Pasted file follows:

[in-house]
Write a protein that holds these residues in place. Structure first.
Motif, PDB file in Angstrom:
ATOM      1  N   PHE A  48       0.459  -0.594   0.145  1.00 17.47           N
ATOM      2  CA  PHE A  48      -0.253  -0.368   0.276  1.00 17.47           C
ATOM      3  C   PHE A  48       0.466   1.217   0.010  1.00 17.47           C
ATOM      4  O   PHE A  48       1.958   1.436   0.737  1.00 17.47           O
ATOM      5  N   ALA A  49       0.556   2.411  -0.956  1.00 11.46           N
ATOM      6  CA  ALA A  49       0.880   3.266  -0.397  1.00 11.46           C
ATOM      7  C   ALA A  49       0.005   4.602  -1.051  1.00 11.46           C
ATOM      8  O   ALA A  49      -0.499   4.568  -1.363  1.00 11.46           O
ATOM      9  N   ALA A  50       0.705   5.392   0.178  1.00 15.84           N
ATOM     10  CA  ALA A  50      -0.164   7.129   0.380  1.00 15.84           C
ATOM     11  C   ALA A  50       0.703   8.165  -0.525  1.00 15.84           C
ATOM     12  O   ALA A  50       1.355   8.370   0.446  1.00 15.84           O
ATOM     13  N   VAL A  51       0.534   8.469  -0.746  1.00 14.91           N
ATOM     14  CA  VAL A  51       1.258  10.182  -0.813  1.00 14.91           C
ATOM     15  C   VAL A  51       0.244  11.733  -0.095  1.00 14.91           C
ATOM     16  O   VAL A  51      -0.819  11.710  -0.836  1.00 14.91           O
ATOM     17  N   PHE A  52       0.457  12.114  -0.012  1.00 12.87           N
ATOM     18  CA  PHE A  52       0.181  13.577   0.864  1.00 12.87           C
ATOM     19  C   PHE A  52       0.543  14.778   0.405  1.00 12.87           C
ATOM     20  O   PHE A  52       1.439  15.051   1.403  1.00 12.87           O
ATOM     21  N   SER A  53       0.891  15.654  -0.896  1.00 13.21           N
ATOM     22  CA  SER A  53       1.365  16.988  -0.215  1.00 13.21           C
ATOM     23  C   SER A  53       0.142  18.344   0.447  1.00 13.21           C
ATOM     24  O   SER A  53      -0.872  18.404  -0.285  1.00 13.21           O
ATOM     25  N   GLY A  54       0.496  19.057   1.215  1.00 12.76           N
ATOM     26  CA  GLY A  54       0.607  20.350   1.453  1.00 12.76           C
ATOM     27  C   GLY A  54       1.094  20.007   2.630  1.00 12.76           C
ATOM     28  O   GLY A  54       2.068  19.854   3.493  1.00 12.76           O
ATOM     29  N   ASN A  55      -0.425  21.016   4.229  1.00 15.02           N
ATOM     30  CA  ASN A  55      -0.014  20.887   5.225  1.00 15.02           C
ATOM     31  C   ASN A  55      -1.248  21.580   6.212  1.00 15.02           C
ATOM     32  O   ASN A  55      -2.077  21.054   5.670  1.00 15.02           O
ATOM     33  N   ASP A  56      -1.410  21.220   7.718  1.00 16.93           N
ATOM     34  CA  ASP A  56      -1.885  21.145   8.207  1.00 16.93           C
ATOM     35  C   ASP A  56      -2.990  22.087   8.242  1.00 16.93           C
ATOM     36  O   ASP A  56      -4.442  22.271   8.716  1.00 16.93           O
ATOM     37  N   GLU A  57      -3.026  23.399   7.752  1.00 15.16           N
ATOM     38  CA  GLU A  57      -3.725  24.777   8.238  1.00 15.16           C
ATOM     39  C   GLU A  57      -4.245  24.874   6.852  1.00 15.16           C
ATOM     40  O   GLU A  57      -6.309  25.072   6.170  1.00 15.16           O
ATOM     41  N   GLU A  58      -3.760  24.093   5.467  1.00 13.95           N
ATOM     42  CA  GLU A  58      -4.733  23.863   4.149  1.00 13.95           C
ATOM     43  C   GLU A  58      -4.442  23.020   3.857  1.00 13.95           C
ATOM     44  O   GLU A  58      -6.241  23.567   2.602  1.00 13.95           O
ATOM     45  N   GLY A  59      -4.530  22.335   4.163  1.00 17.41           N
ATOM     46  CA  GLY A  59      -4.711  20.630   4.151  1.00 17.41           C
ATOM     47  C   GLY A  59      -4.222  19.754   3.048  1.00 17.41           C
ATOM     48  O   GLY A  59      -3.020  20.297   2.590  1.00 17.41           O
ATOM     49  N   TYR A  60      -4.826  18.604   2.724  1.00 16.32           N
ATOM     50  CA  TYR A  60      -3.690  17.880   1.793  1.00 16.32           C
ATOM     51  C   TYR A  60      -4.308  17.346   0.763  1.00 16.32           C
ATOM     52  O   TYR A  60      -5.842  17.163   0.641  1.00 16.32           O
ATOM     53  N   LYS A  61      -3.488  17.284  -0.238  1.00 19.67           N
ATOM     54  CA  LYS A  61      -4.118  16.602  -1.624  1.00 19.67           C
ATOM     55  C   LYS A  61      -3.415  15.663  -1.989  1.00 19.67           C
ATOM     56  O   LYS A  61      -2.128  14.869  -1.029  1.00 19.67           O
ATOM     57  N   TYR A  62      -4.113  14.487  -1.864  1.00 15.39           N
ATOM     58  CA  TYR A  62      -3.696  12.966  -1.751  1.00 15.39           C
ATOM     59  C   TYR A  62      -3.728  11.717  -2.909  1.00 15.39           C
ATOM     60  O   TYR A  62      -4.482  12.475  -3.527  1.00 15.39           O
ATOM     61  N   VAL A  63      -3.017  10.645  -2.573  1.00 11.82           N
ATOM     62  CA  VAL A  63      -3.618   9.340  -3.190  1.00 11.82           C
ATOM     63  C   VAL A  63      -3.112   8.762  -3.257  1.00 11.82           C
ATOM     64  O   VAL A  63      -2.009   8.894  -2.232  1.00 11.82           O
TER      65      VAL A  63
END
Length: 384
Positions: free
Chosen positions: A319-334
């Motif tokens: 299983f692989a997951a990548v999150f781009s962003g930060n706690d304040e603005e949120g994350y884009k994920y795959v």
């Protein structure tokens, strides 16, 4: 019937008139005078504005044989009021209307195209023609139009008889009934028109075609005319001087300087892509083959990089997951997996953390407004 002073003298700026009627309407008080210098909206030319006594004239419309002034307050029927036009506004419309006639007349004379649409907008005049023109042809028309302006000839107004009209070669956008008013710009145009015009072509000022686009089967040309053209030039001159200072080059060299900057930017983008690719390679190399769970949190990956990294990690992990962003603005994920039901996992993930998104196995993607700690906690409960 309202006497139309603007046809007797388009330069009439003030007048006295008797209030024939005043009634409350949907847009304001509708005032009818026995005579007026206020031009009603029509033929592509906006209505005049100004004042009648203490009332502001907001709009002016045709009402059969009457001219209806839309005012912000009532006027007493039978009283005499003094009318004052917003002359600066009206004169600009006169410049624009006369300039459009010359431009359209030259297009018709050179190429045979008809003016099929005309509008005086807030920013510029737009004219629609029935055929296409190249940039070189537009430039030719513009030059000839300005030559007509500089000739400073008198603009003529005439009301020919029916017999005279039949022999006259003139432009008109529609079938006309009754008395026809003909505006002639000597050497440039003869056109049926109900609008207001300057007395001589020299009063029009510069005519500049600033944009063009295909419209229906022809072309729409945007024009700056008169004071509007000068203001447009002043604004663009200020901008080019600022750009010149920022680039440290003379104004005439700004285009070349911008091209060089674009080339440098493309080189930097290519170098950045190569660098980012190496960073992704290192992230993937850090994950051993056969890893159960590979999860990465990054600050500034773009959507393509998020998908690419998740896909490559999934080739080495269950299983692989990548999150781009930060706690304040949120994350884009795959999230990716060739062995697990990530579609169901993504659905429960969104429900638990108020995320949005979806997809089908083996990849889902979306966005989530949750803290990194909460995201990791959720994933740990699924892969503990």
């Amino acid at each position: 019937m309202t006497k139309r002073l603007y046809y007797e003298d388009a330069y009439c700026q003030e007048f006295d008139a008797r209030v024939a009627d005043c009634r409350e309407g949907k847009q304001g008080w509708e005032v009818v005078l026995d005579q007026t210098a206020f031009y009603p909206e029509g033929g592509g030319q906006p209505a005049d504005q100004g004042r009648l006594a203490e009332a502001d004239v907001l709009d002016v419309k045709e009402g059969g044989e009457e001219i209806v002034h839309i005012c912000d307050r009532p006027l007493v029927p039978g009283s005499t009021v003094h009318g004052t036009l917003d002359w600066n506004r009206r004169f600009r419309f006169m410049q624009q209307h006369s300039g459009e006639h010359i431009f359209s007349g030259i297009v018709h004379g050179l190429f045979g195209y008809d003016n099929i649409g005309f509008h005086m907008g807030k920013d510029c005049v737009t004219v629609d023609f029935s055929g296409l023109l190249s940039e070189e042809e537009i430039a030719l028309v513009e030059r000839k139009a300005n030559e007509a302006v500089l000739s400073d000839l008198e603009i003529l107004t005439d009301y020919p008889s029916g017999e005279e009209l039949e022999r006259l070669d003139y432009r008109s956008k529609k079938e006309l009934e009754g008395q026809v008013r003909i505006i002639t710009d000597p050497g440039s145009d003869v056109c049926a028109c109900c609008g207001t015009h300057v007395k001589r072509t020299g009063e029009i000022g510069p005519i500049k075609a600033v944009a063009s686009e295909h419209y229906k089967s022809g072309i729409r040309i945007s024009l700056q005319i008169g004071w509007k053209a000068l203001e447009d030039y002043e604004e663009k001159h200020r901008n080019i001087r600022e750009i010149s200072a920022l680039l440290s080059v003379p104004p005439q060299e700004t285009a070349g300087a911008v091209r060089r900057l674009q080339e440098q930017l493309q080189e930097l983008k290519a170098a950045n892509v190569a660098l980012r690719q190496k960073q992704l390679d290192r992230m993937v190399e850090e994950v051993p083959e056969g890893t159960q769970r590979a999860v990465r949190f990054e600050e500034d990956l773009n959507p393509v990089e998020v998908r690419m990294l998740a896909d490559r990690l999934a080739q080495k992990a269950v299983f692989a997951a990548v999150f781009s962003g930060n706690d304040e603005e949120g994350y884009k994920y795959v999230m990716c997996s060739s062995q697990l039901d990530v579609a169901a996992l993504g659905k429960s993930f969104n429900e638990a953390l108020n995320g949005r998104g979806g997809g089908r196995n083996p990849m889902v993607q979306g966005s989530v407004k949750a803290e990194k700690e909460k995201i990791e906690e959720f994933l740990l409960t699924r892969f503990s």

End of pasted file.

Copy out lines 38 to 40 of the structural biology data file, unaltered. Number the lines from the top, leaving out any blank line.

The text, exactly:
ATOM     35  C   ASP A  56      -2.990  22.087   8.242  1.00 16.93           C
ATOM     36  O   ASP A  56      -4.442  22.271   8.716  1.00 16.93           O
ATOM     37  N   GLU A  57      -3.026  23.399   7.752  1.00 15.16           N